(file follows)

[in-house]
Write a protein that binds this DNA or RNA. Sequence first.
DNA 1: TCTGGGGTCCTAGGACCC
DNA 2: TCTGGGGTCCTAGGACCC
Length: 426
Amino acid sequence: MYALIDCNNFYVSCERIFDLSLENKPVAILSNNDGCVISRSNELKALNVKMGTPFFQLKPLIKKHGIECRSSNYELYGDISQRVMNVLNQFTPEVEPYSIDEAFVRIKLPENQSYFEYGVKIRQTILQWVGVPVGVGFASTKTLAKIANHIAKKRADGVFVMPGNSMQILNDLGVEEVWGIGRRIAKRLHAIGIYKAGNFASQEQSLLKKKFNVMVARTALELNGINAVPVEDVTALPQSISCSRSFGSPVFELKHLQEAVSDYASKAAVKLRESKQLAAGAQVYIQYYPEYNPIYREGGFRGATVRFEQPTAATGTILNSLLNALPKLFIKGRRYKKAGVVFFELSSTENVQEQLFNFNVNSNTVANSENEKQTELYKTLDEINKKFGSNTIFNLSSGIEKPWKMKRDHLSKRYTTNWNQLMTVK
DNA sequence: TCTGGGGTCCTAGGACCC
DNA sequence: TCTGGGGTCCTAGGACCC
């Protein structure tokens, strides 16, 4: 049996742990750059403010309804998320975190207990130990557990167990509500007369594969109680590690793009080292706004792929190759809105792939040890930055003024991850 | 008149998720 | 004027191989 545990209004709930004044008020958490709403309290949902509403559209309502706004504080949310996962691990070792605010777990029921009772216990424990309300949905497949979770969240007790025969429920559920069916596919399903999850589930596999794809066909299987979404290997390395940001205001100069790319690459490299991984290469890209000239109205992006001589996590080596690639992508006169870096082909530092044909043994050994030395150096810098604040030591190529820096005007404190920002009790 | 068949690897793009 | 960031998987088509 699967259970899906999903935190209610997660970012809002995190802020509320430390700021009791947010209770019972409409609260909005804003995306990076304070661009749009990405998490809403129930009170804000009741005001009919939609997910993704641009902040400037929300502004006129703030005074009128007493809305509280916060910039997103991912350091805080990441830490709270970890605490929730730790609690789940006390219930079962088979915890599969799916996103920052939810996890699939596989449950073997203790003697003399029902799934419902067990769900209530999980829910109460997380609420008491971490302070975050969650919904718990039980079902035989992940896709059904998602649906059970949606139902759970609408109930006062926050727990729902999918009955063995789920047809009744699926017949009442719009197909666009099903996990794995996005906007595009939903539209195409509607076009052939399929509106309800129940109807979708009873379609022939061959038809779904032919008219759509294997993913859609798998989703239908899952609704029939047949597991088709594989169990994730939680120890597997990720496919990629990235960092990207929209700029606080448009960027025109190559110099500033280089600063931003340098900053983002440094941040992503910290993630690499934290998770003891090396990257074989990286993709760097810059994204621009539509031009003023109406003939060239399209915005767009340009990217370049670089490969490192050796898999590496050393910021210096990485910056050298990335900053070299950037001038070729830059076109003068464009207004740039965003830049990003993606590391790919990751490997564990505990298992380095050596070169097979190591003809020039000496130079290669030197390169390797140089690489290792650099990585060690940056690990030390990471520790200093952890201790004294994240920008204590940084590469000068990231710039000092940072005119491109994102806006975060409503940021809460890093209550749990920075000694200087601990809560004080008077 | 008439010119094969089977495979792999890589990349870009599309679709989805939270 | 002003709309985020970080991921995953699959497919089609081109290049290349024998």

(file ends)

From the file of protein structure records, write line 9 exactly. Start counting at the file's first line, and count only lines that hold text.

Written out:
């Protein structure tokens, strides 16, 4: 049996742990750059403010309804998320975190207990130990557990167990509500007369594969109680590690793009080292706004792929190759809105792939040890930055003024991850 | 008149998720 | 004027191989 545990209004709930004044008020958490709403309290949902509403559209309502706004504080949310996962691990070792605010777990029921009772216990424990309300949905497949979770969240007790025969429920559920069916596919399903999850589930596999794809066909299987979404290997390395940001205001100069790319690459490299991984290469890209000239109205992006001589996590080596690639992508006169870096082909530092044909043994050994030395150096810098604040030591190529820096005007404190920002009790 | 068949690897793009 | 960031998987088509 699967259970899906999903935190209610997660970012809002995190802020509320430390700021009791947010209770019972409409609260909005804003995306990076304070661009749009990405998490809403129930009170804000009741005001009919939609997910993704641009902040400037929300502004006129703030005074009128007493809305509280916060910039997103991912350091805080990441830490709270970890605490929730730790609690789940006390219930079962088979915890599969799916996103920052939810996890699939596989449950073997203790003697003399029902799934419902067990769900209530999980829910109460997380609420008491971490302070975050969650919904718990039980079902035989992940896709059904998602649906059970949606139902759970609408109930006062926050727990729902999918009955063995789920047809009744699926017949009442719009197909666009099903996990794995996005906007595009939903539209195409509607076009052939399929509106309800129940109807979708009873379609022939061959038809779904032919008219759509294997993913859609798998989703239908899952609704029939047949597991088709594989169990994730939680120890597997990720496919990629990235960092990207929209700029606080448009960027025109190559110099500033280089600063931003340098900053983002440094941040992503910290993630690499934290998770003891090396990257074989990286993709760097810059994204621009539509031009003023109406003939060239399209915005767009340009990217370049670089490969490192050796898999590496050393910021210096990485910056050298990335900053070299950037001038070729830059076109003068464009207004740039965003830049990003993606590391790919990751490997564990505990298992380095050596070169097979190591003809020039000496130079290669030197390169390797140089690489290792650099990585060690940056690990030390990471520790200093952890201790004294994240920008204590940084590469000068990231710039000092940072005119491109994102806006975060409503940021809460890093209550749990920075000694200087601990809560004080008077 | 008439010119094969089977495979792999890589990349870009599309679709989805939270 | 002003709309985020970080991921995953699959497919089609081109290049290349024998």